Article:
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Tech companies are selling the idea of ‘digital resurrection.’ That’s only a problem if we’re dumb enough to buy it.

Transhumanists have hyped the new religion of high technology for decades now. The basic idea, fairly prevalent in Silicon Valley, is that rapid advances in scientific knowledge and tech innovation will culminate in our de facto omniscience and omnipotence. Even though humanity is lost in a godless cosmos, digital devices will allow us to transcend our ape-like forms.

As Google’s Ray Kurzweil famously quipped, “Does God exist? I would say, ‘Not yet.’”

One day soon, they promise, we’ll use artificial intelligence to overcome the limits of our meat-based cognition. According to Yuval Noah Harari’s 2015 best-seller “Homo Deus,” computer programmers will realize the age-old fantasies of shamans and prophets by creating a virtual version of the spiritual realm. These Davos darlings are certain “God is dead,” but Google still wants to patent His best ideas.

Ultimately, they hope to replicate the fabric of ourselves in cyberspace, where we can all live happily ever after — that is, until the electricity goes out. A recent paper by Russian transhumanist Alexey Turchin argues this “digital resurrection” is not only possible but necessary to reach our full potential. We just need enough power — both computational and electric — to create a virtual afterlife and then keep it running.

For Turchin, the solution is to construct a Dyson Sphere around the sun — a megastructure 186 million miles in diameter that’s covered in solar panels to capture the dying star’s rays. That way, we can run the gargantuan super-computers required to house our digital selves. Sounds easy enough, I suppose. Maybe we can fill the potholes in the road while we’re at it.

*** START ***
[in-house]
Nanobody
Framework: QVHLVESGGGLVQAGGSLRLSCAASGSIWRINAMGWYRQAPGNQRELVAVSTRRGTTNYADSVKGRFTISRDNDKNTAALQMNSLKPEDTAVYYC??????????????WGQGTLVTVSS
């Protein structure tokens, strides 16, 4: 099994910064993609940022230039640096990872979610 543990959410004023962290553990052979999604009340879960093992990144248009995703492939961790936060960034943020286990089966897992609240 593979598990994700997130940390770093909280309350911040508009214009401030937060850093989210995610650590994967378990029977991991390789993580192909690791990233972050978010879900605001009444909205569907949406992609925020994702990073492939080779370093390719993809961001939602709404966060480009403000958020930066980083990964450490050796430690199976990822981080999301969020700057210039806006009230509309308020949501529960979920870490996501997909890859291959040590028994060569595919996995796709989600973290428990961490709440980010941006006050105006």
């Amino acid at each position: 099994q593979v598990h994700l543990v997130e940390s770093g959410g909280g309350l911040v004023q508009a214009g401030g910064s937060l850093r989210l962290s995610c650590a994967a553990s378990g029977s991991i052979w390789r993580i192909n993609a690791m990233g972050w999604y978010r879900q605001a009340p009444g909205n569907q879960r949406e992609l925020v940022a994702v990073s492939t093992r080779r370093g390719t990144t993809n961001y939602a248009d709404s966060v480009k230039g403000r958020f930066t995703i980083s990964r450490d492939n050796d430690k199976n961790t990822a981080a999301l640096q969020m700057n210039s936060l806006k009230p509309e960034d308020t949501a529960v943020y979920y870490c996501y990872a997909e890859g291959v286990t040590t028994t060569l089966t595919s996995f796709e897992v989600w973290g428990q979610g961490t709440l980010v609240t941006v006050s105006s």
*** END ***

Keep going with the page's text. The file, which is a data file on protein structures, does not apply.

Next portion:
Joining the race to boost fashionable ideas, the once sober Popular Mechanics covered Turchin’s work enthusiastically:

Think about the end of your life and what might happen next. … If your soul exists, you continue on after death and everything is wonderful. And if it doesn’t and your fate is utter demise, well, some part of you could still continue infinitely as a digital copy. ‘It’s a win-win situation in both scenarios,’ Turchin says.

If these lunatics convince enough people their scheme is truly working, they’ll expect the rest of us to treat these gibbering clones like real people. Even worse, given the shrill demands for “religious tolerance,” we’ll have to pretend we enjoy their company.

By Joe Allen

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